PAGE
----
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LeCounte ends her teaching career

As a preschooler living in Finchley, London, Helen LeCounte would ride the upper level of the double-decker bus and see the ballerinas practice in their second-storey studios.

As a preschooler living in Finchley, London, Helen LeCounte would ride the upper level of the double-decker bus and see the ballerinas practice in their second-storey studios.

She asked her mother if she, too, could take lessons and, at the age of six, LeCounte got her first ballet slippers.

She fell in love with dance and studied other forms as well - jazz, tap, musical theatre, to name a few - all of which she continue to hone as a 21-year-old immigrant in Toronto.

Two years later, she moved to the west coast and performed with several dance companies including Theatre Under The Stars' productions ofMy Fair Lady andAnything Goes.

But it wasn't until after she had raised her boys to the ages of five and nine that she started to teach dance. "Somebody asked me to and I thought, 'Why not?'" she remembered.

LeCounte began with children's creative movement classes for three- to five-year-olds in Burnaby, New Westminster and Coquitlam.

"Ms. Helen," as she was known by her younger students, then progressed to jazz and tap for adults before landing gigs with seniors.

In 1991, LeCounte took up a new dance, square dancing, when - again - she followed someone's advice: "They said, 'Try clogging.' So I took a few classes and that was it. I never looked back."

Since September 1992, LeCounte has been busy teaching the traditional fancy steps of Celtic immigrants, first at Centennial secondary and Winslow Centre in Coquitlam and, two years later, at Port Coquitlam's Wilson Centre.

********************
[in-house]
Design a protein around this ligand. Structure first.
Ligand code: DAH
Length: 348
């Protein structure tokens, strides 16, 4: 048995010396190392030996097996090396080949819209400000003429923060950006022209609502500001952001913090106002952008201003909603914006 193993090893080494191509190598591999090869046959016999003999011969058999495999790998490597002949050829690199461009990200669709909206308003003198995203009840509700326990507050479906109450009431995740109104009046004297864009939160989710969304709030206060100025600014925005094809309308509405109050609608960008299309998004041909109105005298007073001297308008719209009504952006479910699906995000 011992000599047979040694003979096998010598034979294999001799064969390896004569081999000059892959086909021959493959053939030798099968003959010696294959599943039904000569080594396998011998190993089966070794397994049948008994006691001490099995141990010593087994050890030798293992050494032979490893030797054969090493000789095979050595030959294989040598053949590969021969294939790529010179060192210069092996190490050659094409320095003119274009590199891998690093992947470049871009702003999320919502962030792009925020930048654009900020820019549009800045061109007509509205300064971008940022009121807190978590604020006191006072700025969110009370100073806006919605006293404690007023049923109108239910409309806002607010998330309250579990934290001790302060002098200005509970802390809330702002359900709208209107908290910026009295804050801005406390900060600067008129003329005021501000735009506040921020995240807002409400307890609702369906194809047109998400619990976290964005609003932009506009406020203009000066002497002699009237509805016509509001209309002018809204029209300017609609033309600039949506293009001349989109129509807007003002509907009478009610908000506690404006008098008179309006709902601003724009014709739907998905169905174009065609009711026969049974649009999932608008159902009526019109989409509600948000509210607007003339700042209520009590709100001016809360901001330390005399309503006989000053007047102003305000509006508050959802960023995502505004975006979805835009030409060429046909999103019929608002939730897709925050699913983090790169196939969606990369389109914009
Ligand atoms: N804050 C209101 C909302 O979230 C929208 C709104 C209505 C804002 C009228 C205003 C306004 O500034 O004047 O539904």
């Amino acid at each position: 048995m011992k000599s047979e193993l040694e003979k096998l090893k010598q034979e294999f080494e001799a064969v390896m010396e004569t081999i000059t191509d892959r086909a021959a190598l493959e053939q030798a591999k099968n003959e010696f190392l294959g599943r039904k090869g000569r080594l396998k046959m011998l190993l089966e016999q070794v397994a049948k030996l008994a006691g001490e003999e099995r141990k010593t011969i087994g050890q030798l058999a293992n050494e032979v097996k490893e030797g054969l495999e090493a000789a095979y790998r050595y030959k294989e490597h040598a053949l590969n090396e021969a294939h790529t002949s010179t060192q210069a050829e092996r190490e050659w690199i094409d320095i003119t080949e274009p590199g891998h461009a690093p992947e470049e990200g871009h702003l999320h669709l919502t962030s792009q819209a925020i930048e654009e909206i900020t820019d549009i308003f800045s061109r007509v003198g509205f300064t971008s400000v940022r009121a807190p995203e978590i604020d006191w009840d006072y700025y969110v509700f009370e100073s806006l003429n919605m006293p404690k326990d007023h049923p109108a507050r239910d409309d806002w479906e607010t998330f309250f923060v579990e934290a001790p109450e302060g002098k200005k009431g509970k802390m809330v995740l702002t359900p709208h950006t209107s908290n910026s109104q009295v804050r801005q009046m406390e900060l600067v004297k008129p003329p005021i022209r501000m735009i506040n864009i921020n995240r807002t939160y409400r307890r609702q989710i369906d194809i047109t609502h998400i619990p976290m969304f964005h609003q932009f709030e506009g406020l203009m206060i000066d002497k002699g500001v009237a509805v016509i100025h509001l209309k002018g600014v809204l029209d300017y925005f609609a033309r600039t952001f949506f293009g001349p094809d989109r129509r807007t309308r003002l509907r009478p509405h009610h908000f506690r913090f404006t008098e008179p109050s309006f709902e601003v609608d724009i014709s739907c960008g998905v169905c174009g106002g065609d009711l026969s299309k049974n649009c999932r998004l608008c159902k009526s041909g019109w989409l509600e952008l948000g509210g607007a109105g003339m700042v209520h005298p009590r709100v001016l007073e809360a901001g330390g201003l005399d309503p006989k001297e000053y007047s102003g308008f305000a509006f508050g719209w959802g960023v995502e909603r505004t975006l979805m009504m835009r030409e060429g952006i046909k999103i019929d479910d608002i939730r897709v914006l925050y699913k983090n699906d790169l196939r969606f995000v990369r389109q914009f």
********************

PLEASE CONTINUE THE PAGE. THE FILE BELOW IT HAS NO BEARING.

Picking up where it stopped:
Last month, she taught her last class at the PoCo rec centre and was presented by two of her classes with flowers, gifts and a meal out. "I felt really special," she said.

In total, LeCounte estimates she has instructed more than 1,000 people around the Lower Mainland over the past 30 years, and she can recall many of their names and faces.

Still, of the six dances that she has mastered, clogging is her favourite.

"It's a happy dance," the Port Coquitlam resident said. "It's recreational, it's social. I think it's better than aerobics because it's mentally stimulating as well as physical. There is no competition and you share the routines.

"That, I like. That's what drew me to it in the first place," she said.

But she and a few students have performed in contests: her Time Step Cloggers won awards at the PNE and danced at the Peak Invitationals in 2007 and 2009.

They also showcased their talent at the 1993 Kitsilano Show Boat, and locally at the Canada Day celebrations, May Day and Harvest Fest in PoCo and Golden Spike Days in Port Moody (LeCounte can also be seen clogging on YouTube videos on the internet).

Though the grandmother of three says she's "burned out" from teaching, LeCounte plans to remain active as a student and stay in touch with clogging associations.

Her greatest achievement as a teacher? "Seeing my students understand and perform the steps correctly," she said. "That is the best reward any teacher can ever ask for."

What is clogging?

Much like tap, clogging involves the dancer's soft shoe and heavy, loose metal base striking the heel or toe - or both - against a floor to create a musical sound.

Clogging was a social dance in the Appalachian Mountains in the 18th century and it is often referred to as flat-footing, foot-stomping, buck dancing and jigging. It is also known asthe first "street dance."

- courtesy of Wikipedia

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